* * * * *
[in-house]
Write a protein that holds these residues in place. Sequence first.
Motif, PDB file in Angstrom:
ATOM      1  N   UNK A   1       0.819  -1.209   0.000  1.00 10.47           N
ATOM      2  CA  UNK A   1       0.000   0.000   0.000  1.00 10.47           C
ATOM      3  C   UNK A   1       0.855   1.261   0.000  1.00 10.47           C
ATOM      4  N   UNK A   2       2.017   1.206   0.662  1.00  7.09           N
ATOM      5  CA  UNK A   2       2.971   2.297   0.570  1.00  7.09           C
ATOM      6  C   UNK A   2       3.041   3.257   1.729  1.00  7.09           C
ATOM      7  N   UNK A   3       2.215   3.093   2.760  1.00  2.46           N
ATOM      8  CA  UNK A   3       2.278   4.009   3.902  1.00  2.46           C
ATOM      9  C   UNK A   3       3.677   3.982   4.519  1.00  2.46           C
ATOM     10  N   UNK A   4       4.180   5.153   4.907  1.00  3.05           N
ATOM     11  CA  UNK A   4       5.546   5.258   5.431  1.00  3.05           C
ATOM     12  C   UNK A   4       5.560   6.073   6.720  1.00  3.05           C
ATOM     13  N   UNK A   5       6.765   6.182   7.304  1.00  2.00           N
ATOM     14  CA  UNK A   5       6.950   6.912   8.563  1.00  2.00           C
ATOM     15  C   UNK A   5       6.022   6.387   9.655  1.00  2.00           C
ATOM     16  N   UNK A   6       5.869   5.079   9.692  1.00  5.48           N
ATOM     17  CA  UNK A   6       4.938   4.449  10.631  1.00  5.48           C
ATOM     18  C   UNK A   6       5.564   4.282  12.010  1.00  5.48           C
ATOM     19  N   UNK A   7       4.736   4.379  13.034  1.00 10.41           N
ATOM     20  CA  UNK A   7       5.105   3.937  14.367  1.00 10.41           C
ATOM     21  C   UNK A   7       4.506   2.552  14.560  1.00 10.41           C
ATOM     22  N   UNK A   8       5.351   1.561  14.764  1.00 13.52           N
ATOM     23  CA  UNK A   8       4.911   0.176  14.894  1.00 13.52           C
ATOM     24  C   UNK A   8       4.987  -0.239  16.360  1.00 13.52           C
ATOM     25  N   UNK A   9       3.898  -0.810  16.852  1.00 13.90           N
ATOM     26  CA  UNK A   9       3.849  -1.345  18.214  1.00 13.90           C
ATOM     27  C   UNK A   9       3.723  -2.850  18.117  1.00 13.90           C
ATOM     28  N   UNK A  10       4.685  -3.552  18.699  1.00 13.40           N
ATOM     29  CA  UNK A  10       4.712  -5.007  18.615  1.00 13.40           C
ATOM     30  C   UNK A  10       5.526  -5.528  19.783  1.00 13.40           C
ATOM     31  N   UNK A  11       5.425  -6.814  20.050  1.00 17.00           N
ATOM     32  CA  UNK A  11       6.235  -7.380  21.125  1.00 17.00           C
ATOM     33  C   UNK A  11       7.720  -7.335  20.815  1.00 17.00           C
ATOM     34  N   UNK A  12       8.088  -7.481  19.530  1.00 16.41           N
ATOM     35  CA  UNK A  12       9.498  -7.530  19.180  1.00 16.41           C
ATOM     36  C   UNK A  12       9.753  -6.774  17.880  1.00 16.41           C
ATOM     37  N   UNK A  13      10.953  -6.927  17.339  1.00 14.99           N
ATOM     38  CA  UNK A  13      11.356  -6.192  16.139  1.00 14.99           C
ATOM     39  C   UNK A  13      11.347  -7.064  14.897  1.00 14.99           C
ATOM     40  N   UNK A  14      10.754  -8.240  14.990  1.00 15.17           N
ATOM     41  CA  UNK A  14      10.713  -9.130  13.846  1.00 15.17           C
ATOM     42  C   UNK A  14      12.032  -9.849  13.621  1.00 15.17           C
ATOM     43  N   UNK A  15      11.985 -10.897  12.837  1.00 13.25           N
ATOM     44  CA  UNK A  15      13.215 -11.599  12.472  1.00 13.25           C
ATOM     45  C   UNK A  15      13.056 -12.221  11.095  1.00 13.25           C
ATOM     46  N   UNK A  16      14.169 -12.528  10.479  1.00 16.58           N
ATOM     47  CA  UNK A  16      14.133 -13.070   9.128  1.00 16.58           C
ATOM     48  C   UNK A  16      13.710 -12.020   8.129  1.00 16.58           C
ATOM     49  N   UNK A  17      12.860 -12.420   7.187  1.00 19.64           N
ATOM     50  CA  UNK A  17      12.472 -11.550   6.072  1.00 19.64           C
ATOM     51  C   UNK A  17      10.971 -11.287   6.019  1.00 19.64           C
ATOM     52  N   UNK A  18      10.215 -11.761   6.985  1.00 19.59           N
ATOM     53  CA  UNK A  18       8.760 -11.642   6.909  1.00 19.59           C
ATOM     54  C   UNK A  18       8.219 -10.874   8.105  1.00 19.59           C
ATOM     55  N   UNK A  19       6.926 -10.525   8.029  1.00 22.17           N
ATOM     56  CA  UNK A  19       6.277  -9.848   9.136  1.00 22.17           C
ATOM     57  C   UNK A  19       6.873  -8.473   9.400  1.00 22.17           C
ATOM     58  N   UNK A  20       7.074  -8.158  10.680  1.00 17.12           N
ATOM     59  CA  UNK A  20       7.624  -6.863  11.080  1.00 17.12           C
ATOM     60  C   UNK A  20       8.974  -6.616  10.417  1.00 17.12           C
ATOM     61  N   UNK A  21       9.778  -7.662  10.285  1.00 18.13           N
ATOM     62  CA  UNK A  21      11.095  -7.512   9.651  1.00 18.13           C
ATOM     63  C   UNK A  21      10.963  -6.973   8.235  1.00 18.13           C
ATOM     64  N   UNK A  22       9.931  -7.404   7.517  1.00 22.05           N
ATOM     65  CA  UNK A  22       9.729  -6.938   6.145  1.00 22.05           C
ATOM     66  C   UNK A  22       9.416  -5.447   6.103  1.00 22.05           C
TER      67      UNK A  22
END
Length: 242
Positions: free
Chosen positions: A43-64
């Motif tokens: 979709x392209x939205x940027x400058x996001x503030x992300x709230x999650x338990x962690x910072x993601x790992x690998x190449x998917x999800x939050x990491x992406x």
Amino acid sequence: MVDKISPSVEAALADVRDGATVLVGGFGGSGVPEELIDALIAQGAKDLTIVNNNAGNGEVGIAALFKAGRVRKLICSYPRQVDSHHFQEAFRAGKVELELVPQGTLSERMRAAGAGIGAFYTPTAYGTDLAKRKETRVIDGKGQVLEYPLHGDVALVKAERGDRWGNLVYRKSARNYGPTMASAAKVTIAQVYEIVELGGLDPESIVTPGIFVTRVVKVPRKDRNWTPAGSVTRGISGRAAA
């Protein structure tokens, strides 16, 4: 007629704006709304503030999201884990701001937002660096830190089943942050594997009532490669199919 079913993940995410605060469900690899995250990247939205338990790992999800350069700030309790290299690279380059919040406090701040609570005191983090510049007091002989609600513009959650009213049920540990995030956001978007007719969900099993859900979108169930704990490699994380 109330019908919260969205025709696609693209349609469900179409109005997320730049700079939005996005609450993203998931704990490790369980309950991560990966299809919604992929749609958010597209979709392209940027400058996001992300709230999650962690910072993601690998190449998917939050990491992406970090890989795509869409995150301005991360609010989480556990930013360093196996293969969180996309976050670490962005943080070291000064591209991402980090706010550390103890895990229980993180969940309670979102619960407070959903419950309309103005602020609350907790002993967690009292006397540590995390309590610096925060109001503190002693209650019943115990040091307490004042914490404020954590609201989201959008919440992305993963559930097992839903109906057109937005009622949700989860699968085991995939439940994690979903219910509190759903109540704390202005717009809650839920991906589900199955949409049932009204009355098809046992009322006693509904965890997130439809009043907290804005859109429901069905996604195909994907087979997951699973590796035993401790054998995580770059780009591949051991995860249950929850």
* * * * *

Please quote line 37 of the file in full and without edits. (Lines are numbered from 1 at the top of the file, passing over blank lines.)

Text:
ATOM     34  N   UNK A  12       8.088  -7.481  19.530  1.00 16.41           N